Term Limits News Roundup: Yep, Term Limits Remain in the News!
A court reform craze is sweeping American politics. Fix the Court has fought to improve transparency and accountability at the Supreme Court since 2015. Rather than the political lightning rod that is court packing, FTC supports an 18-year term limit for Supreme Court justices. Here are the latest updates from FTC and court reform discussions around the country.
Senator Kamala Harris talks term limits
Kamala Harris (who, among other titles, is a member of the Senate Judiciary Committee) made news last week when she expressed openness open to Supreme Court reform, including term limits and/or a rotational model for justices.
“I am interested in having that conversation,” she said, citing the public’s growing “crisis of confidence” when it comes to the Supreme Court.
It’s a good time to recall that term limits has more support among voters (poll) and is the only one of the three reforms Senator Harris mentioned that an actual Supreme Court justice has endorsed.
Documenting the problem
Supreme Revenge, a documentary released on Frontline this week, details Justice Kavanaugh’s “intensely and instantly partisan” nomination process. The documentary highlights what Fix the Court has been long arguing: that the confirmation process – and by extension, the court – is undeniably and unfortunately partisan. The problem predates Kavanaugh. It’s apparent in the histories of Justice Thomas, Justice Fortas, Justice Brandeis, the ill-fated nomination of Judge Bork, and beyond.
Establishing predictable, reasonable terms for future justices would prevent every vacancy from being a high-stakes apocalypse and would lower temperatures in the committee room and the Chief Justice’s conference room, as well.
Court reform heats up with term limits as an antidote to overly partisan alternatives
2019 has seen court reform proposals grab headlines and spark an unprecedented national debate around the merits of various structural changes to the nation’s highest court.
One reform proposal in particular – to add to the number of justices on the court – has become fodder for partisans. 2020 Democratic candidates have expressed interest in the idea of packing the court, while conservatives in government and media have widely condemned it. Plus, just weeks after sitting Supreme Court Justice Stephen Breyer said he would be open to term limits on the court, former SCOTUS Justice John Paul Stevens said he would not support any proposal to pack the court.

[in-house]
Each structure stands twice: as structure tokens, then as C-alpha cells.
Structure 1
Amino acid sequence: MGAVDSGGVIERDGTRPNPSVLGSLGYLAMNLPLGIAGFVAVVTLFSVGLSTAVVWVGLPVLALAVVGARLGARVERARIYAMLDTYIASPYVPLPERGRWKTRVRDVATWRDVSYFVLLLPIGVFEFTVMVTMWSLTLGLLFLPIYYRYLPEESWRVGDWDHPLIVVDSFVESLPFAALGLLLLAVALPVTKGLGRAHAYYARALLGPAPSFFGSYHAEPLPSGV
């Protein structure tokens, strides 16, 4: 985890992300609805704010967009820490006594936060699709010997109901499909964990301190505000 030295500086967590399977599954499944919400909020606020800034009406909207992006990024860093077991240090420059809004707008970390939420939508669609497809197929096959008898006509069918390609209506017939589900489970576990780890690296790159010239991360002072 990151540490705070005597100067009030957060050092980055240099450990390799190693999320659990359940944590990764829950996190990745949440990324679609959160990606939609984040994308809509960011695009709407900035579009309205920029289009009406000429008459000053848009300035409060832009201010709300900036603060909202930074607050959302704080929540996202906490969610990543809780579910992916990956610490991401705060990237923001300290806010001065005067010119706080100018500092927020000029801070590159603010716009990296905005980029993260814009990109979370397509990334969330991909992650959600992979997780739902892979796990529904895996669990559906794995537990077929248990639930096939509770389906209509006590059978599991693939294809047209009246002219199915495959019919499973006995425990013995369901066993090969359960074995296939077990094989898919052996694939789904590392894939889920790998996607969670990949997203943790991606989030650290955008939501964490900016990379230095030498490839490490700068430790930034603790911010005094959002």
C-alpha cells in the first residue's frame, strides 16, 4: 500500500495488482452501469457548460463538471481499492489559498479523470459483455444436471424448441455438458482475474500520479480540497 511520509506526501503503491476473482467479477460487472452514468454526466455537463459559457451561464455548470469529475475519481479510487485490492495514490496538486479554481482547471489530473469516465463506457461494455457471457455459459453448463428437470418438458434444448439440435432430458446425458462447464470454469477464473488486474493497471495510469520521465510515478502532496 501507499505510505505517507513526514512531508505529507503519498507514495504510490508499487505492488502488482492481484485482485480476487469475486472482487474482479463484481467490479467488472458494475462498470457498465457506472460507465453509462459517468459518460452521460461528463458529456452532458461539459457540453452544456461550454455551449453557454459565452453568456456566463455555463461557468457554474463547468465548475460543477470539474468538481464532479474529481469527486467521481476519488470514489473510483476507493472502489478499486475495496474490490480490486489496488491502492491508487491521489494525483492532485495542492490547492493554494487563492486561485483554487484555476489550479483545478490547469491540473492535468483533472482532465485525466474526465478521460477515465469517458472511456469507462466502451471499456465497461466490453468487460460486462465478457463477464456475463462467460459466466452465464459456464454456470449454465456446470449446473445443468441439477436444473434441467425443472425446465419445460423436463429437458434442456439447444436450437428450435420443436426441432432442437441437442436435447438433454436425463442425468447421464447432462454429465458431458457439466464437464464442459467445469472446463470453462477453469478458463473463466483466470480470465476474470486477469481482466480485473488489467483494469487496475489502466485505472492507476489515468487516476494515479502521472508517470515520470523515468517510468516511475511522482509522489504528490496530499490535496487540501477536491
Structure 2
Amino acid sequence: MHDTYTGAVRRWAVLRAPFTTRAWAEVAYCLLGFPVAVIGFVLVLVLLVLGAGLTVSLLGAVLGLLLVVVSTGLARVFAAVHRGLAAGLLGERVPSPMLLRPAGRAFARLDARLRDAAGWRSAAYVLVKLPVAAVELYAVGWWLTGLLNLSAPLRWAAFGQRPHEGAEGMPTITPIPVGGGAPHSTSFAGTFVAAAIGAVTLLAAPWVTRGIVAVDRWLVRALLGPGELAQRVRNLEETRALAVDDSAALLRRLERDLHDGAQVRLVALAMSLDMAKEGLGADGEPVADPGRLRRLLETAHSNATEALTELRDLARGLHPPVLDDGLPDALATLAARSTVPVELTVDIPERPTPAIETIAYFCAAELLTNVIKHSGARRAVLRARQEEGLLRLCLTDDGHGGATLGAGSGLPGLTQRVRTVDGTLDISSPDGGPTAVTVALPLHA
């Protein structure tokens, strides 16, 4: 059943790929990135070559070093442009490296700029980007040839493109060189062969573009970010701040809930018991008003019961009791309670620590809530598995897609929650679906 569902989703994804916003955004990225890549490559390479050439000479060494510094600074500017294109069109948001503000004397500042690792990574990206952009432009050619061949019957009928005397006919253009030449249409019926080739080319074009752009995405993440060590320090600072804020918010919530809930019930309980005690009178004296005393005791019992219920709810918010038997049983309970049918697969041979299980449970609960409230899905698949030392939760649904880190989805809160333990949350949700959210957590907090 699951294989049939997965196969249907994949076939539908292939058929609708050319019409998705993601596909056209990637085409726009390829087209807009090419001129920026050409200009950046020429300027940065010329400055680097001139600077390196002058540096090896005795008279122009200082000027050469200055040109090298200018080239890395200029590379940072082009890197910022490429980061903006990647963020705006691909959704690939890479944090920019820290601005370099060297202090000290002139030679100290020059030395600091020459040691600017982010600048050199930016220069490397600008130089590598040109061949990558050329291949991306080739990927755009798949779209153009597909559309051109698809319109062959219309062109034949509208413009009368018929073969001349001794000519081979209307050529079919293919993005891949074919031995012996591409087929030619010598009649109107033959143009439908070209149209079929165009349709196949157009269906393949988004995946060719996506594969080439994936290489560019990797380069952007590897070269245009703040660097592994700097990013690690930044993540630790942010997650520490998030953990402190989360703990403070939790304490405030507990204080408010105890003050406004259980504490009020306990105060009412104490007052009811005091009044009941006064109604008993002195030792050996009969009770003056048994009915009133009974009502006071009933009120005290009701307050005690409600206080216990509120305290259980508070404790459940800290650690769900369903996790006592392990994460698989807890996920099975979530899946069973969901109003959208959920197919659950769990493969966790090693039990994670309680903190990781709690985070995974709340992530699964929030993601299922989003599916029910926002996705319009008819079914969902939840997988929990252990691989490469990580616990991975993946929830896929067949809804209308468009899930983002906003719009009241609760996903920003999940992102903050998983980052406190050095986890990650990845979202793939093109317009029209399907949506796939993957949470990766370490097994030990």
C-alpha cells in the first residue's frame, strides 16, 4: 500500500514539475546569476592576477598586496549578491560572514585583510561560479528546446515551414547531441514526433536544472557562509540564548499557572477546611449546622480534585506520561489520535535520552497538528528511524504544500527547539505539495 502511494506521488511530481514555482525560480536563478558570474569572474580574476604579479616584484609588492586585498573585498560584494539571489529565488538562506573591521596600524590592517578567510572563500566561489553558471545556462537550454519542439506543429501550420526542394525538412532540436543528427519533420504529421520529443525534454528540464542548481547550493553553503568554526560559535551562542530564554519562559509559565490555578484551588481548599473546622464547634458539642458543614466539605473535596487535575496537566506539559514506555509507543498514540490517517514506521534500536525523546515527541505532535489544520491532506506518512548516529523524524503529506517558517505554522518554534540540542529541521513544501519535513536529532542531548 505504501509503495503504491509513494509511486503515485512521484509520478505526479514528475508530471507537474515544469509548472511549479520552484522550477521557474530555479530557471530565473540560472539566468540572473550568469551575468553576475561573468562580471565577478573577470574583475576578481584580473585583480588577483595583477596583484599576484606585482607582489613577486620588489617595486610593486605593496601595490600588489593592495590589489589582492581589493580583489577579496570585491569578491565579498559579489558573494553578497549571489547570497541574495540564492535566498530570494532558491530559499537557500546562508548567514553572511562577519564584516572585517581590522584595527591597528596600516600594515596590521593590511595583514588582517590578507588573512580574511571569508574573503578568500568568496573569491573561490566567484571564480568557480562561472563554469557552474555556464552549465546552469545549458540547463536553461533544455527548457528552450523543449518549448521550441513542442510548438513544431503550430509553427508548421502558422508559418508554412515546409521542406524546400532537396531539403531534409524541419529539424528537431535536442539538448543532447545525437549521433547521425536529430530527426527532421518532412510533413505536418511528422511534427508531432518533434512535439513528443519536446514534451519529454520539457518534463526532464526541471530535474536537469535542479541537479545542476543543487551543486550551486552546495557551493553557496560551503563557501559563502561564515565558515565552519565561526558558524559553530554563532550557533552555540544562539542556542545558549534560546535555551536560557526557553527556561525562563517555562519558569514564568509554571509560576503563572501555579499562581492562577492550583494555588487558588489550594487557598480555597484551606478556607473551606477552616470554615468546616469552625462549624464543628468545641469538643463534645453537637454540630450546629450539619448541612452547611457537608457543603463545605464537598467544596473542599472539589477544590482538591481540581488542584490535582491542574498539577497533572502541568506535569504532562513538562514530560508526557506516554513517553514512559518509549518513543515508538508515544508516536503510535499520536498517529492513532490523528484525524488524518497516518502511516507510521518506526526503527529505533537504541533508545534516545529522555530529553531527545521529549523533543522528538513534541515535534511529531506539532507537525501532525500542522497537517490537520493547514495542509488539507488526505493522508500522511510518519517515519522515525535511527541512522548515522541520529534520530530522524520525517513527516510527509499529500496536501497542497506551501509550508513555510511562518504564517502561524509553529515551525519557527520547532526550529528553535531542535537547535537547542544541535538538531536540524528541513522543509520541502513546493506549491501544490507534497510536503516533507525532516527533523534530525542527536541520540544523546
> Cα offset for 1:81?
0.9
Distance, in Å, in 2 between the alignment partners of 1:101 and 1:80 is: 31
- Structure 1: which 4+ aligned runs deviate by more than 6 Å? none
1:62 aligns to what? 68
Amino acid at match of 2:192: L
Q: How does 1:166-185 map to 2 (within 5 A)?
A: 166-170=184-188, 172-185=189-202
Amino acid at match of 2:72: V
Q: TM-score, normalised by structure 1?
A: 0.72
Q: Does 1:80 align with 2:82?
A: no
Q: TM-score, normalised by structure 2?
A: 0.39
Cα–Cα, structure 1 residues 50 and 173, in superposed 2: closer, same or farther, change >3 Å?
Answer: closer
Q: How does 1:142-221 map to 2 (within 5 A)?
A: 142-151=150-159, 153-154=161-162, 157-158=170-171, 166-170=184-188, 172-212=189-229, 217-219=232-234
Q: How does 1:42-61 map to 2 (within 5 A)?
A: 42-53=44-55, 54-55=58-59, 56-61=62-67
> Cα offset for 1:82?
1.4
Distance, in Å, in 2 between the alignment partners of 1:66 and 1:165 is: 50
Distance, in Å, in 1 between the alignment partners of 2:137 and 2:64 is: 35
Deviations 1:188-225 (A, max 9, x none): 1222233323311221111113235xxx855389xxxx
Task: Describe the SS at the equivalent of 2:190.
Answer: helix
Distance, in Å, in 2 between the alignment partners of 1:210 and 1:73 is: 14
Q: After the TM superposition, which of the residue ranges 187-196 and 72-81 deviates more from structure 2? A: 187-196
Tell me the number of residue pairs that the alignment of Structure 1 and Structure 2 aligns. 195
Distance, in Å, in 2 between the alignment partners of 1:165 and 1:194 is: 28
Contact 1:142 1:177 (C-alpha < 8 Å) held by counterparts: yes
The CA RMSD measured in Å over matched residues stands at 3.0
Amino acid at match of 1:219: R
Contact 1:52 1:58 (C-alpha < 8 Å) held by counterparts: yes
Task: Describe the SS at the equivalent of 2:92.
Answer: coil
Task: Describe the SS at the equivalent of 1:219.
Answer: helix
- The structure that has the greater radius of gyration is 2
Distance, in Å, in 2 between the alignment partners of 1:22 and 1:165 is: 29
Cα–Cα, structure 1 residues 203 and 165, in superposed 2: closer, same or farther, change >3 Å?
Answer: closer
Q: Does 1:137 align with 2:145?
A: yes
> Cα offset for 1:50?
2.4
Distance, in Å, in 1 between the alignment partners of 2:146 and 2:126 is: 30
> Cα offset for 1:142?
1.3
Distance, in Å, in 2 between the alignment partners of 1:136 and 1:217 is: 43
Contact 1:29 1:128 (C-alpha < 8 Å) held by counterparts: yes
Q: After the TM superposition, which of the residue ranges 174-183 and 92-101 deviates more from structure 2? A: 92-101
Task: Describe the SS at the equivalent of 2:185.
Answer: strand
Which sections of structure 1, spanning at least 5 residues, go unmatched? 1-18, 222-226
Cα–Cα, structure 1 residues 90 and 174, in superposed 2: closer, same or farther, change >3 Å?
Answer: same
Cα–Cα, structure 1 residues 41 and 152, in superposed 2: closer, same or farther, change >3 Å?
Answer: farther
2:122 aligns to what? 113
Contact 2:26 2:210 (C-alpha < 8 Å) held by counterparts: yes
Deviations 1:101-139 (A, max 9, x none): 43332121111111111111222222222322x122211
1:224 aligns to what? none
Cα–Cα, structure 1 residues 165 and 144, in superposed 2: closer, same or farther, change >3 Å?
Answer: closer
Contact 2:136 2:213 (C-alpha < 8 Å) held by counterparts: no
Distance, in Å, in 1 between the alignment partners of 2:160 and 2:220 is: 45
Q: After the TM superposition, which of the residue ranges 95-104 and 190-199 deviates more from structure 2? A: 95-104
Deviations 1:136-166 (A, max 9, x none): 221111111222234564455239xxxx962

Meanwhile, term limits sees broad bipartisan support. In fact, perhaps the only thing both Democrats and Republicans on the Senate Judiciary Committee can agree on is their openness to discussing the possibility of introducing SCOTUS term limits. Senator Harris joins a growing list of Committee members that have expressed an openness to discussing court reform proposals, such as term limits, including New Jersey Senator Cory Booker, Iowa Senator Chuck Grassley, Texas Senator Ted Cruz, Connecticut Senator Richard Blumenthal, Louisiana Senator John Kennedy and Delaware Senator Christopher Coons.
Longer lifespans = longer terms
Americans live significantly longer than they did in the 18th century when the framers considered how long a federal judge might serve. Thankfully, this trend shows no sign of reversing itself, but it does mean that a new approach is warranted. In a recent interview with ReasonTV (video), George Mason University Law Professor Ilya Somin explains the inevitability of term limits given that Americans are living longer and tenures of 50 or 60 years on the Supreme Court are untenable.
SCOTUS temperature rising
Temperatures are rising on the Supreme Court as justices spar over precedent and stark differences on death penalty and abortion cases, foreshadowing potential fights to come.
As Michael Tomasky wrote in an op-ed for the New York Times last year, Chief Justices have historically sought to avoid 5-4 rulings because they wanted Americans to see the court as unified on the most divisive issues. With a spate of major decisions on the horizon, however, 2019 is unlikely to see much unity among the justices.
As you might’ve guessed, term limits would help fix that.